Who is Doris Grumbach?

Every three days or so, I check to see if Doris Grumbach is still alive. Doris who? You ask. She may be the greatest memoirist in terms of writing achieved after age 70, six books. We usually wait to remember, but at 98 she’s in my thoughts now. Me, the guy who wrote her back in 2004 on a 3×5 card, told her it didn’t make sense, me scribbling to her in Maine from Palo Alto. She wrote back, sent me books, thanked me for taking the trouble. She writes about silence, prayer, contemplation, mortality, the little objects that move from room to room in our minds, and the huge black crows at the feeder. The stuff that Hollywood can’t sell, won’t sell, the stuff of inner peace and purpose. Doris started out straight, found her truth, became a lesbian, kept writing. Her words are a close examination of all that is, the present moment, mingled with past lives, loves, and friendships that always are, because they were (In a very real way, I find that I am still living with my dead friends). You won’t find her on Twitter or Facebook, she doesn’t have a YouTube channel. I wonder about her lack of fame, perhaps because of gender, because her memoirs are by an elderly hand, because she is homosexual? Most likely because she doesn’t want fame, doesn’t need it like the rest of us stuck in the 21st century. One day soon, I will check and her obituary will be there. But until that moment, thanks to Doris Grumbach, I have learned that, until death, it is all life.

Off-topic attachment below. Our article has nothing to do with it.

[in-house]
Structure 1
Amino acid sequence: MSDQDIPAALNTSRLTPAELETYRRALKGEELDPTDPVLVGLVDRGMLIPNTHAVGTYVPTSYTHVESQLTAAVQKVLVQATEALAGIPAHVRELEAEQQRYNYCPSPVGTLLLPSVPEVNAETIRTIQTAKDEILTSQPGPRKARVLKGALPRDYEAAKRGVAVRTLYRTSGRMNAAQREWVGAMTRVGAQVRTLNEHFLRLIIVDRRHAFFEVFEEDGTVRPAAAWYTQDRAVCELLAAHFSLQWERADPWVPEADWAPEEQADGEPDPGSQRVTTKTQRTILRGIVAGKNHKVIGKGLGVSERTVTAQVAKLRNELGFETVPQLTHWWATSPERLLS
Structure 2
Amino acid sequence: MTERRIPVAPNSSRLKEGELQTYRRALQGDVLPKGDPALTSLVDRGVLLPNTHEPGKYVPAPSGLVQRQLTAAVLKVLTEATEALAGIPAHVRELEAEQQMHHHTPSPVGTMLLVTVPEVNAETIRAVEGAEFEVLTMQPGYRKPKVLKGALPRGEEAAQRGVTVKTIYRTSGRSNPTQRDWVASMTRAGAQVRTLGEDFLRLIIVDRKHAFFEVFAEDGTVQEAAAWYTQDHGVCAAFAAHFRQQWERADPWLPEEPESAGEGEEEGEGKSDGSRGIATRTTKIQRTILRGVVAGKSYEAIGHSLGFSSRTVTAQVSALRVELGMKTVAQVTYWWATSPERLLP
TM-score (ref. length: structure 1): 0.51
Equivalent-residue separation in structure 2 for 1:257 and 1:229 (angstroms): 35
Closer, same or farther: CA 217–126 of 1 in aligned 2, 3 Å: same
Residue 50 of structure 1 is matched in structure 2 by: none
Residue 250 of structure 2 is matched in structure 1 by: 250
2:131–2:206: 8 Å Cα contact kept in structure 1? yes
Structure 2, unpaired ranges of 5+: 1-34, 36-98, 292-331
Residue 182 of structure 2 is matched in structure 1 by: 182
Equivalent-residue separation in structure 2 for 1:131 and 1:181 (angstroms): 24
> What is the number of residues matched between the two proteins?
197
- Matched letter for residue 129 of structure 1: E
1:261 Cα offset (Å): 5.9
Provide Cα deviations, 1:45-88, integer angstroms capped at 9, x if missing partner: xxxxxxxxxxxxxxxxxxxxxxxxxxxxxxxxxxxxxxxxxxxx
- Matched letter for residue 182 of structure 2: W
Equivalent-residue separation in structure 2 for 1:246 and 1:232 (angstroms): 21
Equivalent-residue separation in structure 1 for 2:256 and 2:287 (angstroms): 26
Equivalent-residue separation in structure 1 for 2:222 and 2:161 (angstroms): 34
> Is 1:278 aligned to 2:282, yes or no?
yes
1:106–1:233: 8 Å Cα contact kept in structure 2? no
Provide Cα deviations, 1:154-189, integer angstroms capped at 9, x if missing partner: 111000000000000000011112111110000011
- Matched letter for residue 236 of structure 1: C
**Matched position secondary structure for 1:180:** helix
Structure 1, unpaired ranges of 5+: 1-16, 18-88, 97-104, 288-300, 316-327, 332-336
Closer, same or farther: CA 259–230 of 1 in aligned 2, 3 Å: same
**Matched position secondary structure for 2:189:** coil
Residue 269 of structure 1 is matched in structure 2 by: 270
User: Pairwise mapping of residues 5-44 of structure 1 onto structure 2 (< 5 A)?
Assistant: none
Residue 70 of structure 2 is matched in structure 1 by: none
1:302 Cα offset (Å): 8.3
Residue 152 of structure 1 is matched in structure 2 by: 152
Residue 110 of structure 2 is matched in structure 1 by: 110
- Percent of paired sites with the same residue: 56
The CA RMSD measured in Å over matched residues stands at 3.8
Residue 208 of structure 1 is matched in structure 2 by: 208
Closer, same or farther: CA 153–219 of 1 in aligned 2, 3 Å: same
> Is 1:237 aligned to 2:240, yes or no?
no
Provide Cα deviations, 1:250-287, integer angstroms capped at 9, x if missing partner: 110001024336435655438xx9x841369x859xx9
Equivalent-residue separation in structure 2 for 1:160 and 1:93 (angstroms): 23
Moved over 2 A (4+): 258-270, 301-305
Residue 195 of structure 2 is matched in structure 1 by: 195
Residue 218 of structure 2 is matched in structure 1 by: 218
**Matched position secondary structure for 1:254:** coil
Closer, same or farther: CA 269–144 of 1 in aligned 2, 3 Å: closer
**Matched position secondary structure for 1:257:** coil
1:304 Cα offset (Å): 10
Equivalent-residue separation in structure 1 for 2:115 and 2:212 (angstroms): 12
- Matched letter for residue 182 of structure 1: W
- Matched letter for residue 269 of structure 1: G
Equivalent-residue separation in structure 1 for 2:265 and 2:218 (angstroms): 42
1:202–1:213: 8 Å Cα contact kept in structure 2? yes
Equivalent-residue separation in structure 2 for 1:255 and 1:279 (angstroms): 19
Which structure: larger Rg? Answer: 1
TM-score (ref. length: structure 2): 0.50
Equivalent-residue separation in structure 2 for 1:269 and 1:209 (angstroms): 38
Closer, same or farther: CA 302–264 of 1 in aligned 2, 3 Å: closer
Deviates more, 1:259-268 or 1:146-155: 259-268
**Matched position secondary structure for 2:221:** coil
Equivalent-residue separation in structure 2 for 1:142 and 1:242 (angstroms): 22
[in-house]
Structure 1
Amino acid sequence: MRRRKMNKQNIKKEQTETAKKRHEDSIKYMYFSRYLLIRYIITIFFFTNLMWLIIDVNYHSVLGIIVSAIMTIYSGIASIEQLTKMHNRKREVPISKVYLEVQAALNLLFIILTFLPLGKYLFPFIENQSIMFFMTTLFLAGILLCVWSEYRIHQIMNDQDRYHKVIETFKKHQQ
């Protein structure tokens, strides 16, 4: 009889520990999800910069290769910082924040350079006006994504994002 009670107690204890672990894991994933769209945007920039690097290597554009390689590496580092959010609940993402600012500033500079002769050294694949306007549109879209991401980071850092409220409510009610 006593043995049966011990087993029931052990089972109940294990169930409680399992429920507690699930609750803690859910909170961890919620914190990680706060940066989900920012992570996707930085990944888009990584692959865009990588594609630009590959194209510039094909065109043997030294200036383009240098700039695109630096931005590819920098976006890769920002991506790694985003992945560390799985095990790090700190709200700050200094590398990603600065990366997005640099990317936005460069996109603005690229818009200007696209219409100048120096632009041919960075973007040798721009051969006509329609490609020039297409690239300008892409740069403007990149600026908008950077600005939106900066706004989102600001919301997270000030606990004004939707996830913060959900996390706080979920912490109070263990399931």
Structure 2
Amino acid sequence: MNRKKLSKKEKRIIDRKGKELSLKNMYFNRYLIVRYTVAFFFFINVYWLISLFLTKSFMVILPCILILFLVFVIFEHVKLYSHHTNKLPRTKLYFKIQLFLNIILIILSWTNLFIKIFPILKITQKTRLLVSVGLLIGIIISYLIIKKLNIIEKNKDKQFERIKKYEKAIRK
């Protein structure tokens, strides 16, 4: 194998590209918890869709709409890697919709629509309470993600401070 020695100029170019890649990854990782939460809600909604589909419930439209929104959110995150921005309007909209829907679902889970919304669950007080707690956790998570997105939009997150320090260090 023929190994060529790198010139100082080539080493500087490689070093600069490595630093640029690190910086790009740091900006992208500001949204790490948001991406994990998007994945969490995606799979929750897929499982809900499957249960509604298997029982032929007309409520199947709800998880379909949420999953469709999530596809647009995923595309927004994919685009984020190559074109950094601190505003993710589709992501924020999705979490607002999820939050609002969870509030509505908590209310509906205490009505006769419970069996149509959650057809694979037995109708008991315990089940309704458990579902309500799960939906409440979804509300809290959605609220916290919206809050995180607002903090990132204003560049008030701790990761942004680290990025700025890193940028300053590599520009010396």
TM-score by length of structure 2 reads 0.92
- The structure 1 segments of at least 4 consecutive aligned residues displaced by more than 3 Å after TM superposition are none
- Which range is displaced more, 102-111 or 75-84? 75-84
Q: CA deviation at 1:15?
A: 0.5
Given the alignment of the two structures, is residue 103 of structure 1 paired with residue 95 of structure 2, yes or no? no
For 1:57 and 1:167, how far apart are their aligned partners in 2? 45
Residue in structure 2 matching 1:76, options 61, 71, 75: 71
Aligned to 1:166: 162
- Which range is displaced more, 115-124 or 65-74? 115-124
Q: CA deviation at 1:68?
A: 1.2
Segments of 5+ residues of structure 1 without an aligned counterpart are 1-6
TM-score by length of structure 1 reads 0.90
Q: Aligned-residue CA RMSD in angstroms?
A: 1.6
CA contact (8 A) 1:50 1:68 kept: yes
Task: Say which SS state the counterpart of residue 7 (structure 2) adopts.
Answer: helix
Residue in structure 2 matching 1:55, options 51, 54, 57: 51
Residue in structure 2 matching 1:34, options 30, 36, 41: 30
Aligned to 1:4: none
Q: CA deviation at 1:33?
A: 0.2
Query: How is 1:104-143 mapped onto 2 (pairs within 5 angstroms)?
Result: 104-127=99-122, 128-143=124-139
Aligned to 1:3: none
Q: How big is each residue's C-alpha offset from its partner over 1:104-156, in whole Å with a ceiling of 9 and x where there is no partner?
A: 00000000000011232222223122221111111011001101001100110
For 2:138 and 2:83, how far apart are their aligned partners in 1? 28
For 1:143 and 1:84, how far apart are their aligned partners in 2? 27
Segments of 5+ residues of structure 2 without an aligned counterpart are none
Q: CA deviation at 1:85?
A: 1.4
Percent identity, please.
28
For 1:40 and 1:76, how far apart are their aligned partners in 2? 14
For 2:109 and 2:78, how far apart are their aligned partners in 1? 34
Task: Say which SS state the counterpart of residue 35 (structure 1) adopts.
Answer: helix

I recommend all of her memoirs, here is a link to the New York Times Review for Fifty Days of Solitude:

http://www.nytimes.com/1994/10/02/books/home-alone.html?pagewanted=all

 

5 thoughts on “Who is Doris Grumbach?

  1. Doris Grumbach was my advisor and mentor when I was in college in the late ’70s. I too check every so often to see how and where she is; she was — and I hope remains — fiercely intelligent, completely straightforward, unyielding, disciplined, and a brilliant teacher.

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      1. I took four courses with her in all, including two independent studies. She taught us how to read and write, how to weigh every word and to use just that word and not another and not more. She taught us to give the author his “donnée” — to allow the author to treat any subject and to only critique on the basis of how well he succeeded in that treatment. Above all, she taught respect for and careful consideration of writing. I remember her measured guidance, her patience and deep passion, her rare flashes of rueful humor, her dignity of bearing. She was, is, extraordinary.

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